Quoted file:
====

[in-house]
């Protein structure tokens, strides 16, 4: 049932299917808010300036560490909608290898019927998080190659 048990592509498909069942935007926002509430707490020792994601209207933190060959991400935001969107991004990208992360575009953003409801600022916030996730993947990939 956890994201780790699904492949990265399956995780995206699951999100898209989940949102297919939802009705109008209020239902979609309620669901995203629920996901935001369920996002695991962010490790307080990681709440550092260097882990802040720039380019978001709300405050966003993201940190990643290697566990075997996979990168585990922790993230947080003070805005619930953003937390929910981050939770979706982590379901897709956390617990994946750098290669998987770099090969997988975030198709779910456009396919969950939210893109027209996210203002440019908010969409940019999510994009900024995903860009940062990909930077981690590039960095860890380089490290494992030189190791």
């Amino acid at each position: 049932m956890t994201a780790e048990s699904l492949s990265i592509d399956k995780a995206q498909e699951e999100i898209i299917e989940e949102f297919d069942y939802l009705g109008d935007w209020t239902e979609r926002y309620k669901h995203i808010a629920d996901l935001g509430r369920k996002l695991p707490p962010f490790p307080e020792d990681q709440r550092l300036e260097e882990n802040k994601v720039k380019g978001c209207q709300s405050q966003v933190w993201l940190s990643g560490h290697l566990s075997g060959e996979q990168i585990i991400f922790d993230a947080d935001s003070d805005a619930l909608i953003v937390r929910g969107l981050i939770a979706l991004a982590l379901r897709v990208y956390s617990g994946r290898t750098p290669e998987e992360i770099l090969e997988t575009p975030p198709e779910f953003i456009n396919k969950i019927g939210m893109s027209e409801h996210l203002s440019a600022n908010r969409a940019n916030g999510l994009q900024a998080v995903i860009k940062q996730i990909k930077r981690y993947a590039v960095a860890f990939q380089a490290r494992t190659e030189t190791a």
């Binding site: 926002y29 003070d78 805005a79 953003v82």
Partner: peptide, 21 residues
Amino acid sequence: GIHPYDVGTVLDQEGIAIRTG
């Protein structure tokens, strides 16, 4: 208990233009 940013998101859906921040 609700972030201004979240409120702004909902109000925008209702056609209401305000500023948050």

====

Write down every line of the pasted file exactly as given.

[in-house]
């Protein structure tokens, strides 16, 4: 049932299917808010300036560490909608290898019927998080190659 048990592509498909069942935007926002509430707490020792994601209207933190060959991400935001969107991004990208992360575009953003409801600022916030996730993947990939 956890994201780790699904492949990265399956995780995206699951999100898209989940949102297919939802009705109008209020239902979609309620669901995203629920996901935001369920996002695991962010490790307080990681709440550092260097882990802040720039380019978001709300405050966003993201940190990643290697566990075997996979990168585990922790993230947080003070805005619930953003937390929910981050939770979706982590379901897709956390617990994946750098290669998987770099090969997988975030198709779910456009396919969950939210893109027209996210203002440019908010969409940019999510994009900024995903860009940062990909930077981690590039960095860890380089490290494992030189190791």
């Amino acid at each position: 049932m956890t994201a780790e048990s699904l492949s990265i592509d399956k995780a995206q498909e699951e999100i898209i299917e989940e949102f297919d069942y939802l009705g109008d935007w209020t239902e979609r926002y309620k669901h995203i808010a629920d996901l935001g509430r369920k996002l695991p707490p962010f490790p307080e020792d990681q709440r550092l300036e260097e882990n802040k994601v720039k380019g978001c209207q709300s405050q966003v933190w993201l940190s990643g560490h290697l566990s075997g060959e996979q990168i585990i991400f922790d993230a947080d935001s003070d805005a619930l909608i953003v937390r929910g969107l981050i939770a979706l991004a982590l379901r897709v990208y956390s617990g994946r290898t750098p290669e998987e992360i770099l090969e997988t575009p975030p198709e779910f953003i456009n396919k969950i019927g939210m893109s027209e409801h996210l203002s440019a600022n908010r969409a940019n916030g999510l994009q900024a998080v995903i860009k940062q996730i990909k930077r981690y993947a590039v960095a860890f990939q380089a490290r494992t190659e030189t190791a």
């Binding site: 926002y29 003070d78 805005a79 953003v82």
Partner: peptide, 21 residues
Amino acid sequence: GIHPYDVGTVLDQEGIAIRTG
């Protein structure tokens, strides 16, 4: 208990233009 940013998101859906921040 609700972030201004979240409120702004909902109000925008209702056609209401305000500023948050």